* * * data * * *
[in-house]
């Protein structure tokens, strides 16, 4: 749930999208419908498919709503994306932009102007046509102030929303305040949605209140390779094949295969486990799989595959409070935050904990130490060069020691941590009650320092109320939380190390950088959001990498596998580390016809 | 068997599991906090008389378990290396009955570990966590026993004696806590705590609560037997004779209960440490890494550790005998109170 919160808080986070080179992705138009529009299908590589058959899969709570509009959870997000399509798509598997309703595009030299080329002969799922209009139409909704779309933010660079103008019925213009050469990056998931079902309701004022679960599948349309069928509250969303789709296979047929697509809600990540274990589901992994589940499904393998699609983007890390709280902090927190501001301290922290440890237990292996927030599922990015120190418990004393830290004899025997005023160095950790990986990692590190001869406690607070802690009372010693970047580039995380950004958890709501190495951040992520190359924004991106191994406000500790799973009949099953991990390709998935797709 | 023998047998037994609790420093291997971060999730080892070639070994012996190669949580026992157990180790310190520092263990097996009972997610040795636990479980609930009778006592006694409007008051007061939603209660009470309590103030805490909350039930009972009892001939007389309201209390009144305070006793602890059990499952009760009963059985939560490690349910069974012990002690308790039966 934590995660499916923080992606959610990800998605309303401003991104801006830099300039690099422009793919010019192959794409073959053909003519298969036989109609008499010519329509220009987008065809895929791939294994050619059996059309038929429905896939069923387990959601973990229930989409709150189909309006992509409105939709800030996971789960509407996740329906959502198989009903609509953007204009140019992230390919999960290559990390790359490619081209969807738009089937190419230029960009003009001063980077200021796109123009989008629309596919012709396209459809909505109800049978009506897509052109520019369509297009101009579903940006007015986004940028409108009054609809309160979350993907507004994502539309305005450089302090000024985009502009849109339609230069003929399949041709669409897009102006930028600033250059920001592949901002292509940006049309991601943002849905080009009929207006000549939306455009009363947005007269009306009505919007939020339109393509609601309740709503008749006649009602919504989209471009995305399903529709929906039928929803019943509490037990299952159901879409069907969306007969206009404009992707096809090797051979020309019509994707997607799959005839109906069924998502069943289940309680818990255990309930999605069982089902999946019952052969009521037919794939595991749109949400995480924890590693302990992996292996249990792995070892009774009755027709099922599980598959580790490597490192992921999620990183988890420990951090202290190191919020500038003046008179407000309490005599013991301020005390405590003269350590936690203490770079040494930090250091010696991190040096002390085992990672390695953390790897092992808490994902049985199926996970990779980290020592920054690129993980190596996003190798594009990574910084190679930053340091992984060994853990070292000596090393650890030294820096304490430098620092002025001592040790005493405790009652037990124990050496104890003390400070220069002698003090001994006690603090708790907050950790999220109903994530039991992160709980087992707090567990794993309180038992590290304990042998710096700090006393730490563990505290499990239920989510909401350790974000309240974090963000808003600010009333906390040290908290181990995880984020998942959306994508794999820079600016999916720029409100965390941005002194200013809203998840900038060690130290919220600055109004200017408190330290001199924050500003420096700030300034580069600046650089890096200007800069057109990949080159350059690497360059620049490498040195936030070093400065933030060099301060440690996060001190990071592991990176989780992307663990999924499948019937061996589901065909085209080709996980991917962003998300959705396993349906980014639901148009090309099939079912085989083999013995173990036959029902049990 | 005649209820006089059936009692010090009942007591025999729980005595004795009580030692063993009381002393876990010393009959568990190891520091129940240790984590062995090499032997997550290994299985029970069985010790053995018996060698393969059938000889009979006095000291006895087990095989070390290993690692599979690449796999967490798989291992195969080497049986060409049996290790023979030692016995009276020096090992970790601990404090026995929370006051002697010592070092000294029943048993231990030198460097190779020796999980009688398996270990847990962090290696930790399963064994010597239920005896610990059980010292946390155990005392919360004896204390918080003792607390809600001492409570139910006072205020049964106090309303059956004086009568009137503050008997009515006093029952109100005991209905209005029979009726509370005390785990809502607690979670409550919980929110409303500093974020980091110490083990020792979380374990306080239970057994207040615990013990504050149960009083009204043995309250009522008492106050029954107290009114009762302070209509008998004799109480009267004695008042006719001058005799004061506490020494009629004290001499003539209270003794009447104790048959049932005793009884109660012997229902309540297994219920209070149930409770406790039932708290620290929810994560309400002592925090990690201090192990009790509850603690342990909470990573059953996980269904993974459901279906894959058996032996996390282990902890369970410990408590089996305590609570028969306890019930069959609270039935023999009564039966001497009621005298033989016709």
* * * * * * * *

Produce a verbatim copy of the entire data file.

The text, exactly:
[in-house]
């Protein structure tokens, strides 16, 4: 749930999208419908498919709503994306932009102007046509102030929303305040949605209140390779094949295969486990799989595959409070935050904990130490060069020691941590009650320092109320939380190390950088959001990498596998580390016809 | 068997599991906090008389378990290396009955570990966590026993004696806590705590609560037997004779209960440490890494550790005998109170 919160808080986070080179992705138009529009299908590589058959899969709570509009959870997000399509798509598997309703595009030299080329002969799922209009139409909704779309933010660079103008019925213009050469990056998931079902309701004022679960599948349309069928509250969303789709296979047929697509809600990540274990589901992994589940499904393998699609983007890390709280902090927190501001301290922290440890237990292996927030599922990015120190418990004393830290004899025997005023160095950790990986990692590190001869406690607070802690009372010693970047580039995380950004958890709501190495951040992520190359924004991106191994406000500790799973009949099953991990390709998935797709 | 023998047998037994609790420093291997971060999730080892070639070994012996190669949580026992157990180790310190520092263990097996009972997610040795636990479980609930009778006592006694409007008051007061939603209660009470309590103030805490909350039930009972009892001939007389309201209390009144305070006793602890059990499952009760009963059985939560490690349910069974012990002690308790039966 934590995660499916923080992606959610990800998605309303401003991104801006830099300039690099422009793919010019192959794409073959053909003519298969036989109609008499010519329509220009987008065809895929791939294994050619059996059309038929429905896939069923387990959601973990229930989409709150189909309006992509409105939709800030996971789960509407996740329906959502198989009903609509953007204009140019992230390919999960290559990390790359490619081209969807738009089937190419230029960009003009001063980077200021796109123009989008629309596919012709396209459809909505109800049978009506897509052109520019369509297009101009579903940006007015986004940028409108009054609809309160979350993907507004994502539309305005450089302090000024985009502009849109339609230069003929399949041709669409897009102006930028600033250059920001592949901002292509940006049309991601943002849905080009009929207006000549939306455009009363947005007269009306009505919007939020339109393509609601309740709503008749006649009602919504989209471009995305399903529709929906039928929803019943509490037990299952159901879409069907969306007969206009404009992707096809090797051979020309019509994707997607799959005839109906069924998502069943289940309680818990255990309930999605069982089902999946019952052969009521037919794939595991749109949400995480924890590693302990992996292996249990792995070892009774009755027709099922599980598959580790490597490192992921999620990183988890420990951090202290190191919020500038003046008179407000309490005599013991301020005390405590003269350590936690203490770079040494930090250091010696991190040096002390085992990672390695953390790897092992808490994902049985199926996970990779980290020592920054690129993980190596996003190798594009990574910084190679930053340091992984060994853990070292000596090393650890030294820096304490430098620092002025001592040790005493405790009652037990124990050496104890003390400070220069002698003090001994006690603090708790907050950790999220109903994530039991992160709980087992707090567990794993309180038992590290304990042998710096700090006393730490563990505290499990239920989510909401350790974000309240974090963000808003600010009333906390040290908290181990995880984020998942959306994508794999820079600016999916720029409100965390941005002194200013809203998840900038060690130290919220600055109004200017408190330290001199924050500003420096700030300034580069600046650089890096200007800069057109990949080159350059690497360059620049490498040195936030070093400065933030060099301060440690996060001190990071592991990176989780992307663990999924499948019937061996589901065909085209080709996980991917962003998300959705396993349906980014639901148009090309099939079912085989083999013995173990036959029902049990 | 005649209820006089059936009692010090009942007591025999729980005595004795009580030692063993009381002393876990010393009959568990190891520091129940240790984590062995090499032997997550290994299985029970069985010790053995018996060698393969059938000889009979006095000291006895087990095989070390290993690692599979690449796999967490798989291992195969080497049986060409049996290790023979030692016995009276020096090992970790601990404090026995929370006051002697010592070092000294029943048993231990030198460097190779020796999980009688398996270990847990962090290696930790399963064994010597239920005896610990059980010292946390155990005392919360004896204390918080003792607390809600001492409570139910006072205020049964106090309303059956004086009568009137503050008997009515006093029952109100005991209905209005029979009726509370005390785990809502607690979670409550919980929110409303500093974020980091110490083990020792979380374990306080239970057994207040615990013990504050149960009083009204043995309250009522008492106050029954107290009114009762302070209509008998004799109480009267004695008042006719001058005799004061506490020494009629004290001499003539209270003794009447104790048959049932005793009884109660012997229902309540297994219920209070149930409770406790039932708290620290929810994560309400002592925090990690201090192990009790509850603690342990909470990573059953996980269904993974459901279906894959058996032996996390282990902890369970410990408590089996305590609570028969306890019930069959609270039935023999009564039966001497009621005298033989016709």